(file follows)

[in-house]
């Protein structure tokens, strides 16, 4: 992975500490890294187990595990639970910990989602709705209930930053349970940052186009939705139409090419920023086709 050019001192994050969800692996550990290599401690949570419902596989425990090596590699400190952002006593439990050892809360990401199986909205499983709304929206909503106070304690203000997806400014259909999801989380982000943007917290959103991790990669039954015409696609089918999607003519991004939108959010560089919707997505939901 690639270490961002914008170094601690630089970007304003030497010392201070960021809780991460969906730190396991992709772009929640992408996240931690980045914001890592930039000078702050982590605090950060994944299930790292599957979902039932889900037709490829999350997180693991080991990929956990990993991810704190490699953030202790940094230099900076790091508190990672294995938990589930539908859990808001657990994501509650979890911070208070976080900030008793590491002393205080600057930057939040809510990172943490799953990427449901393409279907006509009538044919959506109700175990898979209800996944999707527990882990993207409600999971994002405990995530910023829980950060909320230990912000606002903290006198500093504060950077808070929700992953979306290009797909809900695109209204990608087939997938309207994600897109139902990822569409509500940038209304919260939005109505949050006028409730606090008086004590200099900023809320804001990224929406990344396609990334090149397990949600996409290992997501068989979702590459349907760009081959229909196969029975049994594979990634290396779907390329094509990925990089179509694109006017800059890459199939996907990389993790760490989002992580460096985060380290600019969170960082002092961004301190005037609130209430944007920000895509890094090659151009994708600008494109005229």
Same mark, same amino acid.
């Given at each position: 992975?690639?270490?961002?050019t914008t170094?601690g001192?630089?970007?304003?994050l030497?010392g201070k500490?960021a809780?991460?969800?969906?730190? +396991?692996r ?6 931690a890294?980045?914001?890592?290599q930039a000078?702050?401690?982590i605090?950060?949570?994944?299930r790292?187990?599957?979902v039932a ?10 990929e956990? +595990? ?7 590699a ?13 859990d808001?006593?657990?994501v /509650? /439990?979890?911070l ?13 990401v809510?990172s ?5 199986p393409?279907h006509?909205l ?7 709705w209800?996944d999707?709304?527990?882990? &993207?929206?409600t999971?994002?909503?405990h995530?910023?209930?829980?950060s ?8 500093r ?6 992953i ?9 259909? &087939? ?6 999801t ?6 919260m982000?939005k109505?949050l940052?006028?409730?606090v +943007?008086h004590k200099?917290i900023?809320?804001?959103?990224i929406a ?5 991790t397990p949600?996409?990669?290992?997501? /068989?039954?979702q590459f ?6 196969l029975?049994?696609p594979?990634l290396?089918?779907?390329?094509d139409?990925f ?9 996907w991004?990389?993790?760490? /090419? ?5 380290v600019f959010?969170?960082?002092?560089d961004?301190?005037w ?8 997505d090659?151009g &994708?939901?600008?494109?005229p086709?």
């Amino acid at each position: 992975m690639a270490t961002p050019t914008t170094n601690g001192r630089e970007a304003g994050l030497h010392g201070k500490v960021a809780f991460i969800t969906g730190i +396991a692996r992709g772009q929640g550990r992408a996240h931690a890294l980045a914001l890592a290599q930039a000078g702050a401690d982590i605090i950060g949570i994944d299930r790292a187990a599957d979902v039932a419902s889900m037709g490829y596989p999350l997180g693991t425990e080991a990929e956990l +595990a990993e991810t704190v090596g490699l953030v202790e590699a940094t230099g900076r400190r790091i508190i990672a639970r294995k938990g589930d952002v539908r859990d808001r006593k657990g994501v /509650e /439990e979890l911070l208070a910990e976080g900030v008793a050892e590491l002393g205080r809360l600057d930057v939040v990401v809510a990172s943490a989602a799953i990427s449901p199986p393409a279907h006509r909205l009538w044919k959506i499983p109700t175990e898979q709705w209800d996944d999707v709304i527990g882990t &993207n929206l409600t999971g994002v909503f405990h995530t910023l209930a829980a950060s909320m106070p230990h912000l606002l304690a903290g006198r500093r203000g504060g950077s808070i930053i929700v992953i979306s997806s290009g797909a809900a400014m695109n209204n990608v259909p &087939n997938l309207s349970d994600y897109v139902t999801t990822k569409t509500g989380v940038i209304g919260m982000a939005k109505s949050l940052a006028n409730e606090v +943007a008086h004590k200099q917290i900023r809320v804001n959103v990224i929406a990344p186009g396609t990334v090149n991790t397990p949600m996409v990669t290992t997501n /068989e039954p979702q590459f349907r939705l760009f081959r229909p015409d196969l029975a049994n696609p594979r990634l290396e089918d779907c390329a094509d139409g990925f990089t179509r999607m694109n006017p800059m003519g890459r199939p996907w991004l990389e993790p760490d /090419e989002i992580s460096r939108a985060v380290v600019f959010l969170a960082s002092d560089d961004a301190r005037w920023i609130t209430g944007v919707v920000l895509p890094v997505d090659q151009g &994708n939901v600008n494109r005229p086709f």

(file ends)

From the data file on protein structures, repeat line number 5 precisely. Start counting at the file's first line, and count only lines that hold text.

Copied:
């Amino acid at each position: 992975m690639a270490t961002p050019t914008t170094n601690g001192r630089e970007a304003g994050l030497h010392g201070k500490v960021a809780f991460i969800t969906g730190i +396991a692996r992709g772009q929640g550990r992408a996240h931690a890294l980045a914001l890592a290599q930039a000078g702050a401690d982590i605090i950060g949570i994944d299930r790292a187990a599957d979902v039932a419902s889900m037709g490829y596989p999350l997180g693991t425990e080991a990929e956990l +595990a990993e991810t704190v090596g490699l953030v202790e590699a940094t230099g900076r400190r790091i508190i990672a639970r294995k938990g589930d952002v539908r859990d808001r006593k657990g994501v /509650e /439990e979890l911070l208070a910990e976080g900030v008793a050892e590491l002393g205080r809360l600057d930057v939040v990401v809510a990172s943490a989602a799953i990427s449901p199986p393409a279907h006509r909205l009538w044919k959506i499983p109700t175990e898979q709705w209800d996944d999707v709304i527990g882990t &993207n929206l409600t999971g994002v909503f405990h995530t910023l209930a829980a950060s909320m106070p230990h912000l606002l304690a903290g006198r500093r203000g504060g950077s808070i930053i929700v992953i979306s997806s290009g797909a809900a400014m695109n209204n990608v259909p &087939n997938l309207s349970d994600y897109v139902t999801t990822k569409t509500g989380v940038i209304g919260m982000a939005k109505s949050l940052a006028n409730e606090v +943007a008086h004590k200099q917290i900023r809320v804001n959103v990224i929406a990344p186009g396609t990334v090149n991790t397990p949600m996409v990669t290992t997501n /068989e039954p979702q590459f349907r939705l760009f081959r229909p015409d196969l029975a049994n696609p594979r990634l290396e089918d779907c390329a094509d139409g990925f990089t179509r999607m694109n006017p800059m003519g890459r199939p996907w991004l990389e993790p760490d /090419e989002i992580s460096r939108a985060v380290v600019f959010l969170a960082s002092d560089d961004a301190r005037w920023i609130t209430g944007v919707v920000l895509p890094v997505d090659q151009g &994708n939901v600008n494109r005229p086709f």